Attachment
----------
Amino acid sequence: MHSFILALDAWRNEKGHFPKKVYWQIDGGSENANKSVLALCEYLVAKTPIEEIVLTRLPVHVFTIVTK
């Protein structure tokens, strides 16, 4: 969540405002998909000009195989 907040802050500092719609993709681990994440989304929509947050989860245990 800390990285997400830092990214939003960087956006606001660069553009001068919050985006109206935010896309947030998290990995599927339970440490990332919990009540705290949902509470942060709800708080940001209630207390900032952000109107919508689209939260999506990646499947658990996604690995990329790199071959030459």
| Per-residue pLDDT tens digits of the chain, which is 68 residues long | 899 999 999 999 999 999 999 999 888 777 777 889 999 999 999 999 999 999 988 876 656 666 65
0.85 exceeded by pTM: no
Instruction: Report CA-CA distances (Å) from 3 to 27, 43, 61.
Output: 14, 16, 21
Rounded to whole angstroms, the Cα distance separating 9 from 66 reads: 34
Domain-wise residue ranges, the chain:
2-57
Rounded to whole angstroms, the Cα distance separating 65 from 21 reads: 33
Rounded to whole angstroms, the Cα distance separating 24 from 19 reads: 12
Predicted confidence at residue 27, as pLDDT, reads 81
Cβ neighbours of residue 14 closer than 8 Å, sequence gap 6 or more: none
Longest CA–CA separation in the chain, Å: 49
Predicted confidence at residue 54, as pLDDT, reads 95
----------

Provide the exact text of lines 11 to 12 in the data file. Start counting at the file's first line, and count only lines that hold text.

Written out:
Rounded to whole angstroms, the Cα distance separating 24 from 19 reads: 12
Predicted confidence at residue 27, as pLDDT, reads 81